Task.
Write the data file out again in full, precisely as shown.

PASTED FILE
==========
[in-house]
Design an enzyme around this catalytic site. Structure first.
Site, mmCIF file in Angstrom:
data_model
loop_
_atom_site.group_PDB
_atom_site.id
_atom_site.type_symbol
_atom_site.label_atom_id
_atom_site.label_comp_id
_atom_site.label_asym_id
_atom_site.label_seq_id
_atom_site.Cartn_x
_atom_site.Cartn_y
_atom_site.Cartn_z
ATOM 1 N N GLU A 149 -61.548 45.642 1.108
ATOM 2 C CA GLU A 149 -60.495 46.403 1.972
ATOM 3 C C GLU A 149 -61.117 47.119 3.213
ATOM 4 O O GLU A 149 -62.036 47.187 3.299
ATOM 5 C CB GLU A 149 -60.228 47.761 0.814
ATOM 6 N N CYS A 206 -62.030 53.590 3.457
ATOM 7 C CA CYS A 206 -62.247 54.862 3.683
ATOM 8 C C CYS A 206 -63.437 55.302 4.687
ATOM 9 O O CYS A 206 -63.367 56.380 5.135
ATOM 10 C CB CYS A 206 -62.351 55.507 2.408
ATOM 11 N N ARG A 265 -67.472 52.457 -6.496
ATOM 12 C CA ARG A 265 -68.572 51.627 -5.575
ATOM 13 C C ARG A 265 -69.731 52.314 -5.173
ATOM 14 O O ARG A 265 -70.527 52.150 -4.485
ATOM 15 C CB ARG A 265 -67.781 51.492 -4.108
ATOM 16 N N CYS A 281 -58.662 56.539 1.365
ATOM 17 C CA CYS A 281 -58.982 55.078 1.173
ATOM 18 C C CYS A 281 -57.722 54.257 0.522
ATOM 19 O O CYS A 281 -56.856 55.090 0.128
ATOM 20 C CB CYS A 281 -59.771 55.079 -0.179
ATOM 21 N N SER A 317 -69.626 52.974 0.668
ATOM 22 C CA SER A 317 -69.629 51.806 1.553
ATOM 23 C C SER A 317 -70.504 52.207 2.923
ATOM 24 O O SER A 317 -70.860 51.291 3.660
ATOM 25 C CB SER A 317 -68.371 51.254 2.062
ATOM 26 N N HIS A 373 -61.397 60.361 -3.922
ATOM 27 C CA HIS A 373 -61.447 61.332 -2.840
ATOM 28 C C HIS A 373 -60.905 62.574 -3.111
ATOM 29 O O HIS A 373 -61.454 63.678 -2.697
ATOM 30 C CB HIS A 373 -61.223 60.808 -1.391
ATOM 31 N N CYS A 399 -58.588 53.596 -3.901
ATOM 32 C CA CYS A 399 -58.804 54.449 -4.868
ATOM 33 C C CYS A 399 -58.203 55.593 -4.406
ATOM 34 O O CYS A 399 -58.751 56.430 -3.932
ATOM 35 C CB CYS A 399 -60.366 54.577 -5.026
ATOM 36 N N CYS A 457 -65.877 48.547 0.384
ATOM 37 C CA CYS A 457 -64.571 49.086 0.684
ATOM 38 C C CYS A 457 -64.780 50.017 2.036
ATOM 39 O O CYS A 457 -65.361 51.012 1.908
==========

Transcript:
[in-house]
Design an enzyme around this catalytic site. Structure first.
Site, mmCIF file in Angstrom:
data_model
loop_
_atom_site.group_PDB
_atom_site.id
_atom_site.type_symbol
_atom_site.label_atom_id
_atom_site.label_comp_id
_atom_site.label_asym_id
_atom_site.label_seq_id
_atom_site.Cartn_x
_atom_site.Cartn_y
_atom_site.Cartn_z
ATOM 1 N N GLU A 149 -61.548 45.642 1.108
ATOM 2 C CA GLU A 149 -60.495 46.403 1.972
ATOM 3 C C GLU A 149 -61.117 47.119 3.213
ATOM 4 O O GLU A 149 -62.036 47.187 3.299
ATOM 5 C CB GLU A 149 -60.228 47.761 0.814
ATOM 6 N N CYS A 206 -62.030 53.590 3.457
ATOM 7 C CA CYS A 206 -62.247 54.862 3.683
ATOM 8 C C CYS A 206 -63.437 55.302 4.687
ATOM 9 O O CYS A 206 -63.367 56.380 5.135
ATOM 10 C CB CYS A 206 -62.351 55.507 2.408
ATOM 11 N N ARG A 265 -67.472 52.457 -6.496
ATOM 12 C CA ARG A 265 -68.572 51.627 -5.575
ATOM 13 C C ARG A 265 -69.731 52.314 -5.173
ATOM 14 O O ARG A 265 -70.527 52.150 -4.485
ATOM 15 C CB ARG A 265 -67.781 51.492 -4.108
ATOM 16 N N CYS A 281 -58.662 56.539 1.365
ATOM 17 C CA CYS A 281 -58.982 55.078 1.173
ATOM 18 C C CYS A 281 -57.722 54.257 0.522
ATOM 19 O O CYS A 281 -56.856 55.090 0.128
ATOM 20 C CB CYS A 281 -59.771 55.079 -0.179
ATOM 21 N N SER A 317 -69.626 52.974 0.668
ATOM 22 C CA SER A 317 -69.629 51.806 1.553
ATOM 23 C C SER A 317 -70.504 52.207 2.923
ATOM 24 O O SER A 317 -70.860 51.291 3.660
ATOM 25 C CB SER A 317 -68.371 51.254 2.062
ATOM 26 N N HIS A 373 -61.397 60.361 -3.922
ATOM 27 C CA HIS A 373 -61.447 61.332 -2.840
ATOM 28 C C HIS A 373 -60.905 62.574 -3.111
ATOM 29 O O HIS A 373 -61.454 63.678 -2.697
ATOM 30 C CB HIS A 373 -61.223 60.808 -1.391
ATOM 31 N N CYS A 399 -58.588 53.596 -3.901
ATOM 32 C CA CYS A 399 -58.804 54.449 -4.868
ATOM 33 C C CYS A 399 -58.203 55.593 -4.406
ATOM 34 O O CYS A 399 -58.751 56.430 -3.932
ATOM 35 C CB CYS A 399 -60.366 54.577 -5.026
ATOM 36 N N CYS A 457 -65.877 48.547 0.384
ATOM 37 C CA CYS A 457 -64.571 49.086 0.684
ATOM 38 C C CYS A 457 -64.780 50.017 2.036
ATOM 39 O O CYS A 457 -65.361 51.012 1.908